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The new faculty member has won the EFMD Case Writing Competition again with a case about Ecoflora, a global pioneer in the development of plant-based extracts.

Written with Roberto Gutierrez Los Andes University (Colombia), the case titled Ecoflora: Sustainable Innovation in an Emerging Economy, has won the 2021 EFMD Case Writing Competition - probably the most prominent of contest of this type at the global level - in the “Inclusive Business Models” category. The case has been published recently, and is already available on Harvard Business Publishing's website as well as the Case Centre’s (in English and Spanish).

“It honours me to have received this recognition for the third time,” commented Ezequiel Reficco, who joined ESCP Business School as an Associate Professor of management in Jaunuary 2022. He had been rewarded with the top prize in the 2020 edition of this contest (in the ”Latin American Business Cases” category), as well as in the 2018 edition (in the “Inclusive Business Models” category). “An initial privilege for us as authors is to learn from amazing initiatives developed amidst difficult circumstances in Colombia. Ecoflora is an excellent example of what happens when business leaders commit themselves to societal change and honour the resilience of social and environmental systems which we all depend on. Another benefit is to have the opportunity of making Ecoflora’s case visible to a large global audience. Following the success of this company and discussing its journey through the case is a fortune we are delighted to share.”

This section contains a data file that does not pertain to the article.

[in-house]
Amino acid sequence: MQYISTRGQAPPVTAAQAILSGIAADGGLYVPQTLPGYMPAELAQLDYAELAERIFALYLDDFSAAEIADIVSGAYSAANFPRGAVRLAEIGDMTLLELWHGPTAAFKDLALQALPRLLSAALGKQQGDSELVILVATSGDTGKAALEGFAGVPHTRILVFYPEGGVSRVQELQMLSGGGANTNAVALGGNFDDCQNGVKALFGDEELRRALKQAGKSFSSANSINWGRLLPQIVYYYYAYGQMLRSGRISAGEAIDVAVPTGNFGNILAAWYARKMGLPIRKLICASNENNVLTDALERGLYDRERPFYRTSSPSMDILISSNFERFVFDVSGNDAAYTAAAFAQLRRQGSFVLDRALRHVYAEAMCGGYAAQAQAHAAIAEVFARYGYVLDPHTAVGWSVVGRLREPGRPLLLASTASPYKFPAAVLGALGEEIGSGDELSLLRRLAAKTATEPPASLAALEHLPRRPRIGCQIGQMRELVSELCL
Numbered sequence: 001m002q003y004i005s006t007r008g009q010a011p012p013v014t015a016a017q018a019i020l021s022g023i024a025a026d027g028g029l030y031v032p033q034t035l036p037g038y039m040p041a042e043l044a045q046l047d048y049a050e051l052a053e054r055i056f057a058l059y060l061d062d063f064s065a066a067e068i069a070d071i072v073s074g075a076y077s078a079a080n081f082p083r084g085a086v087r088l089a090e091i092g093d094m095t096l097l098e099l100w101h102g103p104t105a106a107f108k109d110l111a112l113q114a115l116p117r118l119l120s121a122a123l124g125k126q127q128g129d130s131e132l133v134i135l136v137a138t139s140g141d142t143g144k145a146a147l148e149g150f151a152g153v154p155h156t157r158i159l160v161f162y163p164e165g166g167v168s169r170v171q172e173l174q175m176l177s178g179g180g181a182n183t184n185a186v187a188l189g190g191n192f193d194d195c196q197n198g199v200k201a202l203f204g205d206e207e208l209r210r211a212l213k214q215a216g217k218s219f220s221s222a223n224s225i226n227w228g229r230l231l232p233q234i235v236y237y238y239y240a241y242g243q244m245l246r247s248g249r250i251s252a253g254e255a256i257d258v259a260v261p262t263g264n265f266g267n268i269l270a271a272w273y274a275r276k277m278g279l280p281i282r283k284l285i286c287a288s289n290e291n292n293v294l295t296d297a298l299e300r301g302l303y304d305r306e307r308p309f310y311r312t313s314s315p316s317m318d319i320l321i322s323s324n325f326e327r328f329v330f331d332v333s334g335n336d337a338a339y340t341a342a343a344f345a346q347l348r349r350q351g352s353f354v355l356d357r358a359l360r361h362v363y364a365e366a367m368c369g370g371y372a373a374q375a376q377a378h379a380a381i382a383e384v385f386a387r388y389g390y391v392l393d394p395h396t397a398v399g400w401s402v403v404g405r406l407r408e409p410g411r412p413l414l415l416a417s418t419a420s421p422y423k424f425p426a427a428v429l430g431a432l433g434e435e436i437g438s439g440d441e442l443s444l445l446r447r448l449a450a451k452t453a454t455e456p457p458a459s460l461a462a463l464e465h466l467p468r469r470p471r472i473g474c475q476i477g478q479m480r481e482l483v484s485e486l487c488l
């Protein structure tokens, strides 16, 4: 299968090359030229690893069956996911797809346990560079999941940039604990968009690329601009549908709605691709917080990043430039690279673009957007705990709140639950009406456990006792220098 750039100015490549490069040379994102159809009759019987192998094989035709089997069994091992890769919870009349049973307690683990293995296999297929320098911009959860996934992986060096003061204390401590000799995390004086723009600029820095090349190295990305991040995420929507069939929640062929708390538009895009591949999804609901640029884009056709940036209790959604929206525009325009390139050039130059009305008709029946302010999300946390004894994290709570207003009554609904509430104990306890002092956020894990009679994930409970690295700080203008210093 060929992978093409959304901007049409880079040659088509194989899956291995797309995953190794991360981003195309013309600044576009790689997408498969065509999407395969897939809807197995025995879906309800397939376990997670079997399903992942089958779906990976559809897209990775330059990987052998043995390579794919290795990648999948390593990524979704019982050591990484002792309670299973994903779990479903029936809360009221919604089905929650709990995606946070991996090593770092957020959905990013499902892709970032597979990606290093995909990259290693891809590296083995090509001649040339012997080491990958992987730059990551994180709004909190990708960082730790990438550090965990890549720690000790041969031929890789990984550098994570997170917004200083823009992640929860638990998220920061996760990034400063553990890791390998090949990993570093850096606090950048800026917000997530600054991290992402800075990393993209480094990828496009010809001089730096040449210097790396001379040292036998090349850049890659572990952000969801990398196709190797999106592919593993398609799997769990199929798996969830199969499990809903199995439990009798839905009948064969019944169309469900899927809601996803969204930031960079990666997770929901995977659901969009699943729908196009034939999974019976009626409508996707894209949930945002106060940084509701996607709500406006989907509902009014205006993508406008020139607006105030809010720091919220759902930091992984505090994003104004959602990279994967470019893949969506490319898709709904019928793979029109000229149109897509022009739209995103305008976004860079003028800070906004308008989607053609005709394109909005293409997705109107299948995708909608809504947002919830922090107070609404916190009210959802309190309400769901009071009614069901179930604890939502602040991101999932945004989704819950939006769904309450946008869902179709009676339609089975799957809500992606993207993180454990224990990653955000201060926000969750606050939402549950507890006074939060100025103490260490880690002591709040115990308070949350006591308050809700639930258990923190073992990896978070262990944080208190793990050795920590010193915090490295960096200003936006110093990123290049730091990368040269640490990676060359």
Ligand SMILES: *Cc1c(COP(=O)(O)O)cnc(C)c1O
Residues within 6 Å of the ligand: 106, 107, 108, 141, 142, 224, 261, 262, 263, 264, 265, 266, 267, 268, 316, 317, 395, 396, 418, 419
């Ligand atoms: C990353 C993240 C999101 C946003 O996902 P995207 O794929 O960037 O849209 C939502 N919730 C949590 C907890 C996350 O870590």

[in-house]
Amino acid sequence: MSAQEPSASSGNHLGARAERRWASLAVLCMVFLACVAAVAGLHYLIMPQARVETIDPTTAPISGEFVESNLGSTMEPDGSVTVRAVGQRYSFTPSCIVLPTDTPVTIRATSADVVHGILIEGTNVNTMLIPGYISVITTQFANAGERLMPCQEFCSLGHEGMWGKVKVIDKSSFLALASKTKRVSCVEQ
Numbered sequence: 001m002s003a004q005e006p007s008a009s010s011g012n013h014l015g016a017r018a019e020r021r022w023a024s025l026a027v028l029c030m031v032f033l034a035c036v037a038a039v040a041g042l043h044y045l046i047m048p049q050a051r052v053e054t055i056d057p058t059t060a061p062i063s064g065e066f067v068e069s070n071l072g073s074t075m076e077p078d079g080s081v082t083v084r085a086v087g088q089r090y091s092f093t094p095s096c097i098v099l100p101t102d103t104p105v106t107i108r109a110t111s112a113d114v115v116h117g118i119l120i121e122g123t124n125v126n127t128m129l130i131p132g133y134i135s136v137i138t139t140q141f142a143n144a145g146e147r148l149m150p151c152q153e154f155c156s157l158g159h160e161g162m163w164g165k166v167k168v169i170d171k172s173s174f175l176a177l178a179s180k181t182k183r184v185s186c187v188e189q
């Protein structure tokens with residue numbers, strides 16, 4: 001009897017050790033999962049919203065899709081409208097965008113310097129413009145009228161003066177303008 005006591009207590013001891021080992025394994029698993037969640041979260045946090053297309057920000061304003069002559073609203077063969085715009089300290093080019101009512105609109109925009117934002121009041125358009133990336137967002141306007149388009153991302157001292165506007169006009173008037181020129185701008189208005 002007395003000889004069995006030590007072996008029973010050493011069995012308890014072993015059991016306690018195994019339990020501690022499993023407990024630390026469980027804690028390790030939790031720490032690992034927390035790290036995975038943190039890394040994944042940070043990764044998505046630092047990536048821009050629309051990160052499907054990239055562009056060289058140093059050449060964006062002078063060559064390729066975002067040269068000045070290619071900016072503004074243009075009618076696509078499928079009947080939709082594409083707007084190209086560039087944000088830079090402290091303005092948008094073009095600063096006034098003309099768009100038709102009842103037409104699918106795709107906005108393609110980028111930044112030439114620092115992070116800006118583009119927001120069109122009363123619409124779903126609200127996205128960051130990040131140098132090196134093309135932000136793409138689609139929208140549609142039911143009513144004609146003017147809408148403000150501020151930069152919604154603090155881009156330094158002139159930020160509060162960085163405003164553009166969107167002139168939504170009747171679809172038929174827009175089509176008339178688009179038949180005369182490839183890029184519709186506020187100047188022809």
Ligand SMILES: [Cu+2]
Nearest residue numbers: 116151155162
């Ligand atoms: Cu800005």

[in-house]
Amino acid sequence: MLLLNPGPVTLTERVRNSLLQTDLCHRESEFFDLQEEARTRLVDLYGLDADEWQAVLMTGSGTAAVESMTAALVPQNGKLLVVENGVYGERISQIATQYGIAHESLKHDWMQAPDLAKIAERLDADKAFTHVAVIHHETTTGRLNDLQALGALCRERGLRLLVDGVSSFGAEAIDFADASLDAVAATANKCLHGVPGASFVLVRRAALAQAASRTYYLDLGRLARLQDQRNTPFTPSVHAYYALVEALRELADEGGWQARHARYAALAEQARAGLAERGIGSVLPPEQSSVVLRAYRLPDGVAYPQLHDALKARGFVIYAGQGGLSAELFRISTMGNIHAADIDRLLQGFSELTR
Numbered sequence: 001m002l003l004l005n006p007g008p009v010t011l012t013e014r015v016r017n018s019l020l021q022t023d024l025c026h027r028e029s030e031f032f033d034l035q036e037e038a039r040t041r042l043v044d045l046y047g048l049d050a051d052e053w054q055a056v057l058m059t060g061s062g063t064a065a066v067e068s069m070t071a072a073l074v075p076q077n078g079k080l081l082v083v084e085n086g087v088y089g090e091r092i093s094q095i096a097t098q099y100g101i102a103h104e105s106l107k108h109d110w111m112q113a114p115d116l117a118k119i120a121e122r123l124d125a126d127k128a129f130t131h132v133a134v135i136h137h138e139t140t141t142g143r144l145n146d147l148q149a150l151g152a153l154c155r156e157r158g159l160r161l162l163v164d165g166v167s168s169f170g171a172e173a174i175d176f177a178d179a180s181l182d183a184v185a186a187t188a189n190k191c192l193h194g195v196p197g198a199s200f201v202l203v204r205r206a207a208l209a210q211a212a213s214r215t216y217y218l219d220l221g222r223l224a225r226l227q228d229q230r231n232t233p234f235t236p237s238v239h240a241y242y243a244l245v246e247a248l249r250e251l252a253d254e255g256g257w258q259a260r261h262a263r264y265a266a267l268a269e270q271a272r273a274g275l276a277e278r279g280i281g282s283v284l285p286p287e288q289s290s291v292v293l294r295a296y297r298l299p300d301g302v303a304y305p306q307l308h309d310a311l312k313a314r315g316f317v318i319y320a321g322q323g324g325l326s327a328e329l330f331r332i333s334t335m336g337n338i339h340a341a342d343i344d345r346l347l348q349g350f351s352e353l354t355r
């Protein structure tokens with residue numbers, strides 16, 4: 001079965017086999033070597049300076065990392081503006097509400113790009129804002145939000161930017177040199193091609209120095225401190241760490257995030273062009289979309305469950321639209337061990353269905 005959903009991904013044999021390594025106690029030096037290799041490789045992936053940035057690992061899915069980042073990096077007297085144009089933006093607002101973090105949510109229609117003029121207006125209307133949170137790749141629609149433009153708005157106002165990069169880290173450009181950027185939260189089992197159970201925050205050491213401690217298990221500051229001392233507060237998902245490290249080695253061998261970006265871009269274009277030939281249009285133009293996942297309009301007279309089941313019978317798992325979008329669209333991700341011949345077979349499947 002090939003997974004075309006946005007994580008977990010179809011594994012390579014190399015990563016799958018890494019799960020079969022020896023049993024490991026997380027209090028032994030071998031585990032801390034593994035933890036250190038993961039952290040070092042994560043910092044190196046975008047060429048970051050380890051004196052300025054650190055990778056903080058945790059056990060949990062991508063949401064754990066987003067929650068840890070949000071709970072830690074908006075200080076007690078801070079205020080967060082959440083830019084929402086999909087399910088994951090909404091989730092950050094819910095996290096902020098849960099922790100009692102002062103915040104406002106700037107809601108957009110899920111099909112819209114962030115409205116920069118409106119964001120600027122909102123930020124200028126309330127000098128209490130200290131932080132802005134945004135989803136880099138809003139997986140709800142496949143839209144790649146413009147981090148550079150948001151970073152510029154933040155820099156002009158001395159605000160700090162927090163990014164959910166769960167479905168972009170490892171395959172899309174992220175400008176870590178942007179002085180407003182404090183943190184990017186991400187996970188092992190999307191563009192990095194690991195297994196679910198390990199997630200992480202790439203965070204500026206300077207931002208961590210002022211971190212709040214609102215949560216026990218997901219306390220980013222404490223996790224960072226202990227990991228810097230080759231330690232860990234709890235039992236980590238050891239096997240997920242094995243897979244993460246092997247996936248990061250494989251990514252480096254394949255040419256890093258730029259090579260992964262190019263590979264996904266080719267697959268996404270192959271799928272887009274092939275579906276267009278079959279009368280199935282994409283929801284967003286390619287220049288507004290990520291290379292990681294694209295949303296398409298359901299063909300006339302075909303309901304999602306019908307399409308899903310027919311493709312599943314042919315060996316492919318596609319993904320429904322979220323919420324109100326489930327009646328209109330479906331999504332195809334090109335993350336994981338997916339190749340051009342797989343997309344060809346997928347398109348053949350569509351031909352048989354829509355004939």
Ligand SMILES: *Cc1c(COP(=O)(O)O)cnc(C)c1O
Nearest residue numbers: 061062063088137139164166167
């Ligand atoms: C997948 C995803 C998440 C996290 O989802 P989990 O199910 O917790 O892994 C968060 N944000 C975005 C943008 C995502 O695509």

A textbook example of inclusive business models

The case describes Ecoflora’s journey, from the moment the Cock family acquired it in 1997, driven to a large extent by the urge to catalyse positive social and environmental change in Chocó --Colombia's poorest department. As the company sought to establish itself, its leadership extracted valuable lessons from a series of eventful twists and turns: the company began to focus on innovation after one of its principal customers became a direct competitor, and produced own-brand products for a niche market. Ecoflora was able to become a biotechnology innovator in an emerging country by intelligently leveraging the region's science and technology ecosystem, and by systematizing its R&D+I process. Although this hybrid company created an inclusive supply chain, management quickly found out that company commitment to this supply chain would be conditioned by the need to expand output and meet increasing demand. Ecoflora's success would depend on increasing international sales - but not only to capture financial value.

The Ecoflora case is structured around two of the most fundamental questions in strategic management: how is value created and how is it captured? “As authors, we were intrigued by the fact that Ecoflora’s differentiation strategy made not just business sense, but that it also played a critical role in the social dimension: price premiums and robust margins financed its mission of empowering vulnerable suppliers and preserving the environment.” At the end of the case, management realises that the company's commitment to vulnerable suppliers would constrain its planned expansion to meet increasing international demand, a tension that called for difficult decisions.

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